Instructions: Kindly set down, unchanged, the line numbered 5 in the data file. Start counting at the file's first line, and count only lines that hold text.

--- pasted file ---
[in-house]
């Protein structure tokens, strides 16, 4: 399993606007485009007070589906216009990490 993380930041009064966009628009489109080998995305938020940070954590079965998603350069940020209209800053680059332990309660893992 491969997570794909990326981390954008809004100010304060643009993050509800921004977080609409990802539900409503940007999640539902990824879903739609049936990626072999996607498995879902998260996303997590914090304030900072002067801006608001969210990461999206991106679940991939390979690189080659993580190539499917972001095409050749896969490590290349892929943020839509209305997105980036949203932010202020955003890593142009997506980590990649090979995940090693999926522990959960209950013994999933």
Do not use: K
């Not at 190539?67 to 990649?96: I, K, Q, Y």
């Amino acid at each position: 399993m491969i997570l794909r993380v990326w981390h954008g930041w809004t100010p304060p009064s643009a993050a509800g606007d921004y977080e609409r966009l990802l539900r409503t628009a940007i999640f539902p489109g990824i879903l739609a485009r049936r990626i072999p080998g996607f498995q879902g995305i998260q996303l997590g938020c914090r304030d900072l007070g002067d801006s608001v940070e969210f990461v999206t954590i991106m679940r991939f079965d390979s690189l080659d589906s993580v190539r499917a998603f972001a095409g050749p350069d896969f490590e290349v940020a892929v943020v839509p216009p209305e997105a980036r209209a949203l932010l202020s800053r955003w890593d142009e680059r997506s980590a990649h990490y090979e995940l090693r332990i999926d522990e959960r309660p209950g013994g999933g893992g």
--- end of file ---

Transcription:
């Amino acid at each position: 399993m491969i997570l794909r993380v990326w981390h954008g930041w809004t100010p304060p009064s643009a993050a509800g606007d921004y977080e609409r966009l990802l539900r409503t628009a940007i999640f539902p489109g990824i879903l739609a485009r049936r990626i072999p080998g996607f498995q879902g995305i998260q996303l997590g938020c914090r304030d900072l007070g002067d801006s608001v940070e969210f990461v999206t954590i991106m679940r991939f079965d390979s690189l080659d589906s993580v190539r499917a998603f972001a095409g050749p350069d896969f490590e290349v940020a892929v943020v839509p216009p209305e997105a980036r209209a949203l932010l202020s800053r955003w890593d142009e680059r997506s980590a990649h990490y090979e995940l090693r332990i999926d522990e959960r309660p209950g013994g999933g893992g």